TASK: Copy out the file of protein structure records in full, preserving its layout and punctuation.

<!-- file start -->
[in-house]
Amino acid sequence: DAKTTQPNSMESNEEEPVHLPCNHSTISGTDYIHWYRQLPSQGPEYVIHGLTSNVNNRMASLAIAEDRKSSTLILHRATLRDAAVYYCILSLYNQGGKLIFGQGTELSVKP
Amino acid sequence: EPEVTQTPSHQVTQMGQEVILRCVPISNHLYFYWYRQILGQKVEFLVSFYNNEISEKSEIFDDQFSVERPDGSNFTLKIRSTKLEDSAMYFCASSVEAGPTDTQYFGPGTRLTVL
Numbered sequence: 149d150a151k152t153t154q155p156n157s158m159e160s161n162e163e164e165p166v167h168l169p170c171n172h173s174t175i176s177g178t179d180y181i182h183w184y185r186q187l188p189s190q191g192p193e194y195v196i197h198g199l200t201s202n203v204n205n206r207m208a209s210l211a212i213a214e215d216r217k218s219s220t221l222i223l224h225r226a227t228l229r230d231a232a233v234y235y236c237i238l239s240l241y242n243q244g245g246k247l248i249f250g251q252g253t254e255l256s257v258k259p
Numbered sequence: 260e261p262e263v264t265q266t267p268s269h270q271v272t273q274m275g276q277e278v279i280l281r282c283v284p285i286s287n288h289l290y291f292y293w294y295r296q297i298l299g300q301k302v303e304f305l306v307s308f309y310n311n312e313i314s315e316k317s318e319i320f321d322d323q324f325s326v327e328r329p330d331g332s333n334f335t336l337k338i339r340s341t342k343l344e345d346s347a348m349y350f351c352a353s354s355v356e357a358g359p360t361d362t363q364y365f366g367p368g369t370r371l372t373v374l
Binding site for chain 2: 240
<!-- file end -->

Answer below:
[in-house]
Amino acid sequence: DAKTTQPNSMESNEEEPVHLPCNHSTISGTDYIHWYRQLPSQGPEYVIHGLTSNVNNRMASLAIAEDRKSSTLILHRATLRDAAVYYCILSLYNQGGKLIFGQGTELSVKP
Amino acid sequence: EPEVTQTPSHQVTQMGQEVILRCVPISNHLYFYWYRQILGQKVEFLVSFYNNEISEKSEIFDDQFSVERPDGSNFTLKIRSTKLEDSAMYFCASSVEAGPTDTQYFGPGTRLTVL
Numbered sequence: 149d150a151k152t153t154q155p156n157s158m159e160s161n162e163e164e165p166v167h168l169p170c171n172h173s174t175i176s177g178t179d180y181i182h183w184y185r186q187l188p189s190q191g192p193e194y195v196i197h198g199l200t201s202n203v204n205n206r207m208a209s210l211a212i213a214e215d216r217k218s219s220t221l222i223l224h225r226a227t228l229r230d231a232a233v234y235y236c237i238l239s240l241y242n243q244g245g246k247l248i249f250g251q252g253t254e255l256s257v258k259p
Numbered sequence: 260e261p262e263v264t265q266t267p268s269h270q271v272t273q274m275g276q277e278v279i280l281r282c283v284p285i286s287n288h289l290y291f292y293w294y295r296q297i298l299g300q301k302v303e304f305l306v307s308f309y310n311n312e313i314s315e316k317s318e319i320f321d322d323q324f325s326v327e328r329p330d331g332s333n334f335t336l337k338i339r340s341t342k343l344e345d346s347a348m349y350f351c352a353s354s355v356e357a358g359p360t361d362t363q364y365f366g367p368g369t370r371l372t373v374l
Binding site for chain 2: 240